InternationalisationStipendium Hungaricum

The research summary titled Measuring the Economic Impacts of Inbound Higher Education Mobility was preceded by nearly one year of preparatory work and research. The study focused on foreign students’ impact on economy, their tourist consumption habits and the studentification processes in certain cities (when the number of students in a city or a part of it increases, the local service providers adapt to the needs over time). The research also set out to analyse the role and weight of foreign students as a consumer group. The research was not unprecedented; the research team, headed by Associate Professor Dr. Zsuzsa M. Császár, had formerly conducted research in the topic in three major university cities.

The novelty of the research lies in its focus and methodological elaboration. The study covered the whole of the country and every higher education institution hosting foreign students. The analysis concentrated on three main target groups: Stipendium Hungaricum scholarship holders, Erasmus+ students and fee-paying foreign students - in fact, all the foreign students. The data was collected through quantitative and qualitative research tools, using reliable analytic methods. The most important tool of data collection was a questionnaire survey, with the entire sample consisting of the responses of 6,296 foreign students from 41 higher education institutions. More than half of the respondents study at four universities, the University of Debrecen, Budapest University of Technology and Economics, Eötvös Loránd University and the University of Pécs. Besides foreign students, the target groups of qualitative data collection were the staff of the universities, heads of service providers and businesses and the vice mayors of provincial university cities.

Of the research findings, we should highlight the conclusion that the added value which foreign students studying in Hungary represent within national economy is a significant factor. The impact of foreign students’ consumption on regional development varies. In this respect, the capital city has the largest weight, followed by the three major provincial university cities Pécs, Szeged and Debrecen, to various extents in the different student target groups.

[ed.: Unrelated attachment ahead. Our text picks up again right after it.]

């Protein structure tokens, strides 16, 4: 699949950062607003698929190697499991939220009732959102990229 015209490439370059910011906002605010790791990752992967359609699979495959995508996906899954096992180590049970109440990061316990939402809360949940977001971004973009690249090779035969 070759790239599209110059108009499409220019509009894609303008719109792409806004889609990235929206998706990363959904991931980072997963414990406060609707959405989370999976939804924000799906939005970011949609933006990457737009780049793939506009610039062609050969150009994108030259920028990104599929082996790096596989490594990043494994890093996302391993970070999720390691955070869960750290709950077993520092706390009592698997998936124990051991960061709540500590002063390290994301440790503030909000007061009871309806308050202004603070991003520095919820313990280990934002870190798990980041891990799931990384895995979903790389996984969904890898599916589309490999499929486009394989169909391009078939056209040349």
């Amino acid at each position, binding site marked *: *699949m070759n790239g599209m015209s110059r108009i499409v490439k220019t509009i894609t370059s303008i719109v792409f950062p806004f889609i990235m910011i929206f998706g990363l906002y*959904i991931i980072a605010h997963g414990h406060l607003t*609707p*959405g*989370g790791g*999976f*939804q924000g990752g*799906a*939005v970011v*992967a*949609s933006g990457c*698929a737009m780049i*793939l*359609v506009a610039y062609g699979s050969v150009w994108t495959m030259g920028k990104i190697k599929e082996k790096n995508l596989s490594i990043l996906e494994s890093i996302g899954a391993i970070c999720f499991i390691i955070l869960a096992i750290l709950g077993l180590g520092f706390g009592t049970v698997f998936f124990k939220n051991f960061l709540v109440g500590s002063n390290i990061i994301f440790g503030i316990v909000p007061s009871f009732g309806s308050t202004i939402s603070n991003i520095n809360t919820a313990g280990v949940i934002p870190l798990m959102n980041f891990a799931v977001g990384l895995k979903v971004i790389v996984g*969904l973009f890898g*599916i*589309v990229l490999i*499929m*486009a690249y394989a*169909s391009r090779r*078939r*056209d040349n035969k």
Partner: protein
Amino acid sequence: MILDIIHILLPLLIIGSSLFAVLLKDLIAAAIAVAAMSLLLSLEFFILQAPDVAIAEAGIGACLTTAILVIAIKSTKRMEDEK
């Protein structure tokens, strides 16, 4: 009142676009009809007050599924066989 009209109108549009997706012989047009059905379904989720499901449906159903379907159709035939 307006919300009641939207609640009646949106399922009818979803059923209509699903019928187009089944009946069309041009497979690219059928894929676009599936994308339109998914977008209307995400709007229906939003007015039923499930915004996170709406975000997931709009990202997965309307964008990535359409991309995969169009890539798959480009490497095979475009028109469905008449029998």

The tourism-related expenditure of foreign students represents an important market within the Hungarian tourism sector: their consumption and the contribution of their guests is considerable, both in terms of the number of visitor nights and the daily expenditure. The analyses of the studentification processes pointed out that among foreign students studying in Hungary, the capital was the most popular destination. Their satisfaction with the city is due to, among others, the good public transport system, the cultural values, the sights and the high-quality services of Budapest. As regards the other university cities, the discrepancies between students’ needs and the supply are more conspicuous.

Data collection began in January 2020, that is, in an academic year when the number of foreign students was very high, about 38,000. The rising trend of mobility of the previous years was interrupted by the crisis caused by COVID-19; in the near future, mobility is unlikely to show the picture of the pre-pandemic period. That, perhaps, gives even more importance to studies which examine the impacts of mobility at various levels and from various aspects, and then, based on the findings, formulate proposals which may be useful in the near future.

The research was implemented under and funded by the Stipendium Hungaricum programme, with support from the Ministry of Foreign Affairs and Trade. The research was carried out by Terra Graph Ltd., under the leadership of Dr. Zsuzsanna Császár, Head of Research.

Georgina Kasza
Tempus Public Foundation

Utolsó módosítás: 2021.03.16.